Whether you’re a budding classical guitarist such as John Williams or the more rocky type that’s presented in Brian May, the 9-string Kelstone guitar is really going to get you plucking those strings.
Looking much like a conventional guitar, this musical wonder can be played like a pianist in the standing or sitting position and has a massive 26 frets available to use.
Of Belgium design, the creator Jan Van Kelst details that those who own the musical instrument can make it sound by strumming, using a pick, using a pull-off technique, hammer-on method or bend it like Beckham and slide it in as desired!
Like piano players, musicians using the Kelstone can utilise both hands to create melodies that soar to the ears (or not, as the case may be!) and the combination of being able to use both treble and bass like sounds, chords and textures together is going to be appealing that’s for sure.
Creating this fantastic musical gadget has provided Kelst with the opportunity to bundle all the guitar types together into one fine piece, so the options of baritone, standard, bass guitar sounds and features can all be accessed in one.
Purchasers can select from a triple offering of string types on offer, from heaviest strings and then medium and lighter options.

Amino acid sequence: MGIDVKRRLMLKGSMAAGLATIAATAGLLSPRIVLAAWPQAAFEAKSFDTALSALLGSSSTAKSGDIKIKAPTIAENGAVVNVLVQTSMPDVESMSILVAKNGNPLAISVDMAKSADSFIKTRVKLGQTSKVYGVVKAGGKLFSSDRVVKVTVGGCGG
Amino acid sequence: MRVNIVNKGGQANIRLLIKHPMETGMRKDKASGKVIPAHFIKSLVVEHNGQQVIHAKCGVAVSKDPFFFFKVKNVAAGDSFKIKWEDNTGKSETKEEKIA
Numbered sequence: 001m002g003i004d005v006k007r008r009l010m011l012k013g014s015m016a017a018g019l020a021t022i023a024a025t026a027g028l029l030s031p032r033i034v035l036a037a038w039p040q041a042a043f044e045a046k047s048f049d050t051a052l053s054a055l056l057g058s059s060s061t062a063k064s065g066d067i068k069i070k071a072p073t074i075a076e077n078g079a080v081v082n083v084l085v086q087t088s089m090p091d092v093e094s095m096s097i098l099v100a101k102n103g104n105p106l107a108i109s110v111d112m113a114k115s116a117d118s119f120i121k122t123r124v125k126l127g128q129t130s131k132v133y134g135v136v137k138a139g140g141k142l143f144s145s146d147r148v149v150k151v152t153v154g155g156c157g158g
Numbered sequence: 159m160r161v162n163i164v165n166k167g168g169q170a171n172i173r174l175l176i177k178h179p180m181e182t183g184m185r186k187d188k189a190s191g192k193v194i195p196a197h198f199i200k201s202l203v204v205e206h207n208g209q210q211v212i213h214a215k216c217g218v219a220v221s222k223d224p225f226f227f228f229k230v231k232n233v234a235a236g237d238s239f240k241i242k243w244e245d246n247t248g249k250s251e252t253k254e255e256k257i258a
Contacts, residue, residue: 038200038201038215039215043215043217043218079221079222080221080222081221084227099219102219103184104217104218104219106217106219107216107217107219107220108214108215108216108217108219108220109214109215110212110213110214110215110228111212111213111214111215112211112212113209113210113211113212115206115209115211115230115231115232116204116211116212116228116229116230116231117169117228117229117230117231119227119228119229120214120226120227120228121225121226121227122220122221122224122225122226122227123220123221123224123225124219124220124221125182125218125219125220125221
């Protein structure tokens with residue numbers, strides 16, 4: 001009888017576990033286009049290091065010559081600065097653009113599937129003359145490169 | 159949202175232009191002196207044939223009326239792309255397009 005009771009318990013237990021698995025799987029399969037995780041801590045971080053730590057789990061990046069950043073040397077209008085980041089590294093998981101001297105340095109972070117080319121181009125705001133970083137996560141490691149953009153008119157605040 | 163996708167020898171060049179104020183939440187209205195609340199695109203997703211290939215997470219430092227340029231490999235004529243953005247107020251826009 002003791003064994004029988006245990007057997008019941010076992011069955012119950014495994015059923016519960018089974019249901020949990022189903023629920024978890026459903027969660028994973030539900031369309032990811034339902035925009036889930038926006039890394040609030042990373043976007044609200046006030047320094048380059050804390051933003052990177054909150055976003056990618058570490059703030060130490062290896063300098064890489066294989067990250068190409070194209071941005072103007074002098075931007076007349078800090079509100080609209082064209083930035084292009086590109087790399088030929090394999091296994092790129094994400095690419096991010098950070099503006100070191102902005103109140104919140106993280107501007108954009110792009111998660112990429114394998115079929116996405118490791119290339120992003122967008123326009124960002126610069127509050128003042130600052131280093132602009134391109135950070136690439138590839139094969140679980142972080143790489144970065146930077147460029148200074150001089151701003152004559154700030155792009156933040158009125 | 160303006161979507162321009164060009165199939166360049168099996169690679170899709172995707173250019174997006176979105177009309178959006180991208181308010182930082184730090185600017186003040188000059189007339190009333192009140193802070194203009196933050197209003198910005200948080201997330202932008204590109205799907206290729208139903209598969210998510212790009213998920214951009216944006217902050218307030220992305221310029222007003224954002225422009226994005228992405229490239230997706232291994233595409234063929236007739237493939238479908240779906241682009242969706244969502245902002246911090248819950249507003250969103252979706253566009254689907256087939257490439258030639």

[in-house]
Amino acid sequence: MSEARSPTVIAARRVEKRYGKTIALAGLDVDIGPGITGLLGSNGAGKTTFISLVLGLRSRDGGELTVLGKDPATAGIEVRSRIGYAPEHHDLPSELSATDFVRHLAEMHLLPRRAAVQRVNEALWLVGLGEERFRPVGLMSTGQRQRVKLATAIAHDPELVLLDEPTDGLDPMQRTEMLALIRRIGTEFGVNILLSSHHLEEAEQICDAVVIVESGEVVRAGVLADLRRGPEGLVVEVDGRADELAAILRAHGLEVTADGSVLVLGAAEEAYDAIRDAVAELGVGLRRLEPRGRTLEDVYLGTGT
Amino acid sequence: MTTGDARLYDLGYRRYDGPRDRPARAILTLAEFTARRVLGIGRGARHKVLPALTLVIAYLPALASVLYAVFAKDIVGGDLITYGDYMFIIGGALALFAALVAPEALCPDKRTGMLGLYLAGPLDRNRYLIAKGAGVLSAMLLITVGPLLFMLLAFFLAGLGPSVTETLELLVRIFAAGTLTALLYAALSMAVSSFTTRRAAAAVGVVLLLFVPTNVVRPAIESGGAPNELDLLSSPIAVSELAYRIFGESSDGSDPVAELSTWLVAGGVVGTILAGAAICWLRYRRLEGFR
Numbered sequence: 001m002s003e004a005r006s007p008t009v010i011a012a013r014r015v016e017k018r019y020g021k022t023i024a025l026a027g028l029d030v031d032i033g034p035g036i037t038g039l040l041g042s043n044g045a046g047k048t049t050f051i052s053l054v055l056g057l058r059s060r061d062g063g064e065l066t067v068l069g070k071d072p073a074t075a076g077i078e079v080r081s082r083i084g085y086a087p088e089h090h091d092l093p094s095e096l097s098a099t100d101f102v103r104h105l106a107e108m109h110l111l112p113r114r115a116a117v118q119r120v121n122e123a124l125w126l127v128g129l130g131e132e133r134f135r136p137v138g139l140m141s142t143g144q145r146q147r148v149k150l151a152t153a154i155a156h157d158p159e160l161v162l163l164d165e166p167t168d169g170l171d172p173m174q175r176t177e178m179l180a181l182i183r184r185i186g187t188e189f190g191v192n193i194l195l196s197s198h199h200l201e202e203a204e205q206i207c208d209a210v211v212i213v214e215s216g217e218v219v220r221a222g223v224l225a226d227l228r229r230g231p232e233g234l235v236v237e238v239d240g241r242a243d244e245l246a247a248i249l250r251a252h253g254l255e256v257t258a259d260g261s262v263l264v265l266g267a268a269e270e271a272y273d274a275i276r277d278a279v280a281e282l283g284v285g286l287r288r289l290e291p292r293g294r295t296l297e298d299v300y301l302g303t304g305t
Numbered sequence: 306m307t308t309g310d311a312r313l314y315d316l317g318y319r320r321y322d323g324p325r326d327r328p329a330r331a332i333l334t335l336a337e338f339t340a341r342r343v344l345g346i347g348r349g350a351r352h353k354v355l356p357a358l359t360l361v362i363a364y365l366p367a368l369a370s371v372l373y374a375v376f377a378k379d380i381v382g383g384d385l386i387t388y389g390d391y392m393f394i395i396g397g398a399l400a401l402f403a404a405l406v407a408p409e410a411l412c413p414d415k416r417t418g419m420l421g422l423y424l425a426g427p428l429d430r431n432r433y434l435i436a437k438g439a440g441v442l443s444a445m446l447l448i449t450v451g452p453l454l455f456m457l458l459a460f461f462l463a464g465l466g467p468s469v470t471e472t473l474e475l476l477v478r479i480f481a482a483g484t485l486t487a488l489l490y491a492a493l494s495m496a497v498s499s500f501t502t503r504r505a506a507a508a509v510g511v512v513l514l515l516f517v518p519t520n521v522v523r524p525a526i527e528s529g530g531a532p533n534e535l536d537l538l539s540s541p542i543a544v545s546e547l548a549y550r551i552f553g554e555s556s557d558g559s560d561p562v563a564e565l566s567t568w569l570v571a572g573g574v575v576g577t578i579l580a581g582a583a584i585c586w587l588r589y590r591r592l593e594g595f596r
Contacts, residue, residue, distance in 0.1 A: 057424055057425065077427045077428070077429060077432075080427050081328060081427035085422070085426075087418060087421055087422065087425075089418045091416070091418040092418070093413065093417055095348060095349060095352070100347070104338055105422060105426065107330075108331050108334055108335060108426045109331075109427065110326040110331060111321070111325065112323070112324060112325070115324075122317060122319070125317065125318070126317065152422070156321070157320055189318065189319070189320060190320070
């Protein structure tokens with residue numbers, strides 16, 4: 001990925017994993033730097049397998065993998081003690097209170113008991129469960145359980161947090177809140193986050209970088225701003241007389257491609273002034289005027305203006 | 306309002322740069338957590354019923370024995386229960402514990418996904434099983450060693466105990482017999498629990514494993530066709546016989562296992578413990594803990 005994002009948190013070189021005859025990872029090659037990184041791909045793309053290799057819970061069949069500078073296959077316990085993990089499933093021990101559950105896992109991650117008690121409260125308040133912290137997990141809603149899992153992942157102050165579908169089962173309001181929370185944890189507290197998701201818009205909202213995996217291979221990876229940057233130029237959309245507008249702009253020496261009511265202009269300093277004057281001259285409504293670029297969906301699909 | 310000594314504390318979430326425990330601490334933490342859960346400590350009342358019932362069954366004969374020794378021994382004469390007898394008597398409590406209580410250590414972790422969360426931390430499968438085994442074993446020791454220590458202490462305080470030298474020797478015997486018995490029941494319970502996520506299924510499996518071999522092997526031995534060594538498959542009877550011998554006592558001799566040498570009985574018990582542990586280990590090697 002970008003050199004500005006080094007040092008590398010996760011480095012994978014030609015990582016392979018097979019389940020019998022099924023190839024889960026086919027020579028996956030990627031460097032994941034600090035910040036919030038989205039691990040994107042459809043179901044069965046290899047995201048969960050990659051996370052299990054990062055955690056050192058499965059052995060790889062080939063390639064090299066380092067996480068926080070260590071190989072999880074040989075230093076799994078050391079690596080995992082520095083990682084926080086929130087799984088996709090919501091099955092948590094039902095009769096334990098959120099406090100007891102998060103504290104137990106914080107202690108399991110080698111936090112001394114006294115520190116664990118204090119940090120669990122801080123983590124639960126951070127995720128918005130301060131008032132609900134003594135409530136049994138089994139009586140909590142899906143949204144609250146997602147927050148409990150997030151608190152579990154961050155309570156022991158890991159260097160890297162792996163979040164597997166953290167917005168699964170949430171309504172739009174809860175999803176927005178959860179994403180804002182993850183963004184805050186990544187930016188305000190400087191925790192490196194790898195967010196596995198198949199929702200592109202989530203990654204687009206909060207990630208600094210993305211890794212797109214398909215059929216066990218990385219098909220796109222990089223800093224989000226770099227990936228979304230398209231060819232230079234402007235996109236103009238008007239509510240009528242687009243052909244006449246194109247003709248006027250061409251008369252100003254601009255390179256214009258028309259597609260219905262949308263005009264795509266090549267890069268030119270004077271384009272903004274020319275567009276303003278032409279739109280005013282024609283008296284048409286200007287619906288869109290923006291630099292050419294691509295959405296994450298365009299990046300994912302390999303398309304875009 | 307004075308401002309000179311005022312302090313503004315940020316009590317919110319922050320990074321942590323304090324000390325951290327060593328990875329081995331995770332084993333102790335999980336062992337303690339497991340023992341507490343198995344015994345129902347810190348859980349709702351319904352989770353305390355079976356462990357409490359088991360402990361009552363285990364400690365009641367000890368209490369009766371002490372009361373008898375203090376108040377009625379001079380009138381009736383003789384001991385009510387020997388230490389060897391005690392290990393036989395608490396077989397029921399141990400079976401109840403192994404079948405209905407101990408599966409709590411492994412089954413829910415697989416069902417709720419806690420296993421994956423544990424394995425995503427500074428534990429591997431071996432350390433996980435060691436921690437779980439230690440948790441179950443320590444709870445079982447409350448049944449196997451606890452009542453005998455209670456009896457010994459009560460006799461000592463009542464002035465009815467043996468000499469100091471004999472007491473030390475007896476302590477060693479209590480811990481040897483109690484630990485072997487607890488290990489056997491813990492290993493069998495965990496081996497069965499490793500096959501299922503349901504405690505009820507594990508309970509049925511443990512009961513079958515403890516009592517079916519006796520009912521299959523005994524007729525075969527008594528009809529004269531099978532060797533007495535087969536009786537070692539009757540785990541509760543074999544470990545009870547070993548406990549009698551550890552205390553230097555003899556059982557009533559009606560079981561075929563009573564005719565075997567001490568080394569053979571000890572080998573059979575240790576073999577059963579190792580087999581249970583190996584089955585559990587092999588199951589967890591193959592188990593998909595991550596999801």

Using this 9-string instrument is clearly not going to give musicians traditionally accepted indentations from all the plucking needed and is certainly going to relieve some pressure on the hands and fingers, then free to roam up and down the entire range of the Kelstone as desired.
Weighing in at 8.3kg, it’s not as heavy as it looks either and the 108cm in length is going to fit nicely into lots of areas or gig venues. It’s priced at around 900 Euros, which is around $1200 is the USA.
Accessories cost a bit more and the muting pedal will set you back about 85 Euros ($115) and metal stands, cases, gig bags and hard cases are all priced individually, so make sure these are all checked out before you buy – happy plucking!